Additional Info

Additional Info

Format: Jazz Record
Soloist/Artist Dick Hyman
Instruments Music and Musicians
Composer Vernon Duke
Accompanist/ Conductor No
SKU PR04

Reviews

Customer Reviews (2)

"Masterful!"Review by Big Toots
Quality
Dick Hyman – Vernon Duke

In 1952, pianist Dick Hyman recorded three solo piano albums featuring the compositions of Kurt Weill, Noel Coward and Vernon Duke. Of those three composers, Duke had received the most public notoriety. His “I Can’t Get Started” recorded in 1937 by trumpeter Bunny Berigan was a major hit and it elevated Duke significantly up the ranks of great – and successful American composers. With Autumn in New York, Hyman pays and plays significant salute to Duke over 14 brilliantly performed selections.

Hyman’s style here can be best described as classically-tinged jazz with stride overtones. A player of awesome technical skill and a canyon-wide range of interpretive styles, Hyman also has the emotional playing gravitas to pull off performing these well-known selections in more of a traditional manner than heavily improvised. His presentation of “Cabin in the Sky” is almost Debussy-Impressionistic. It’s a gorgeous rendition, for sure. “April in Paris” is approached in a similar manner before Duke’s melody develops and engages. There a ton of rhythmic diversity here, too. Take “Now,” for example. Hyman’s Latin-like left hand sets up a neat Gershwin-esque performance. As a matter of listening fact, there’s a ton of Gershwin influence on both Duke’s writing and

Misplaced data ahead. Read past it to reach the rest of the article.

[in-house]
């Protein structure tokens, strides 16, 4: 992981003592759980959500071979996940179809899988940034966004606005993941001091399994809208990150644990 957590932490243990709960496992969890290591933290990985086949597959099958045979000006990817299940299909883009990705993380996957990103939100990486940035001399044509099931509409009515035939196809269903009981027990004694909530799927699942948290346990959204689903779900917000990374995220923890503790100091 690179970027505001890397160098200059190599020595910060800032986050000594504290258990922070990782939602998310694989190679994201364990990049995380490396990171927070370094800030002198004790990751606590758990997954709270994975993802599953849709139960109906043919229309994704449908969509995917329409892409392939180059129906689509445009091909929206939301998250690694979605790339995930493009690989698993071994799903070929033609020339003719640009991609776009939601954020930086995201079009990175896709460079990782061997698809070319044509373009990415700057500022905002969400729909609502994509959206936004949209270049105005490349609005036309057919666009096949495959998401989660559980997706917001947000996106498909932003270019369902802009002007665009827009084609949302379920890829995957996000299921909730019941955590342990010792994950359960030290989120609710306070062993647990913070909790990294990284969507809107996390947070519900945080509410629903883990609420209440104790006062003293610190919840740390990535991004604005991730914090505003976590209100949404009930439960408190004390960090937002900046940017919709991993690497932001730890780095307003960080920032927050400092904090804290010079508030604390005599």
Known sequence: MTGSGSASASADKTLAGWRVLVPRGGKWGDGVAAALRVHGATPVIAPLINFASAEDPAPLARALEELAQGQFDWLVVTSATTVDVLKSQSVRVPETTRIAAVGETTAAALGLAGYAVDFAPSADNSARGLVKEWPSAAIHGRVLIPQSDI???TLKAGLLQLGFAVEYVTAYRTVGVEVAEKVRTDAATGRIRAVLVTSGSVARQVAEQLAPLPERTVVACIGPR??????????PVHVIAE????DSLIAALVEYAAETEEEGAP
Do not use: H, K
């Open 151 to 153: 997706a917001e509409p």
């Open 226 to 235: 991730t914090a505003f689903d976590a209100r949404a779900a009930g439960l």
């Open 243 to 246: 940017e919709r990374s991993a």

Hyman’s approach to same. Duke had a thing for seasonal sounds, so we hear a Parisian April, a Julian London and the title tune, each of which is a tone-poem of elaborate – but- not overdone – technique. “Suddenly” is a stride-like hoot with Hyman’s hands spinning and spanning keys. It’s a highlight, for sure. Hyman’s “Taking a Chance on Love”’ left hand bass strolls as the right takes all the chances improvising both melodically and block-handed. “When You Live on an Island” has an exotic flair. And the title tune is embellished with spins and runs, as well as inventive interpretations of the melody.

While Vernon Duke’s big hit was about romantic efforts – or lack thereof – this album is indeed a superb marriage of pianist and composer, both brilliantly displaying their robust wares.

(Posted on 6/7/2015)
Autumn in New YorkReview by Simon Sez
Quality
In 1952, Dick Hyman who was at the beginning of his career, recorded three solo piano albums. The other two records had him playing mostly material by Kurt Weill and Noel Coward that has rarely been played by jazz musicians.

Vernon Duke is different because many of his songs became standards. Everyone has heard “April In Paris,’ “I Can’t Get Started” and “Autumn In New York.” As a bonus, Hyman also plays a few songs (including “London In July” and “The Love I Long For”) that probably no one has heard in a zilliion years. As always, Hyman does a great job of respecting the melodies while making the music swing.

Simon Sez: Dick Hyman’s Plays The Music Of Vernon Duke (Proscenium 04) plays both standards and lesser-known tunes by Duke as piano solos.
(Posted on 5/6/2014)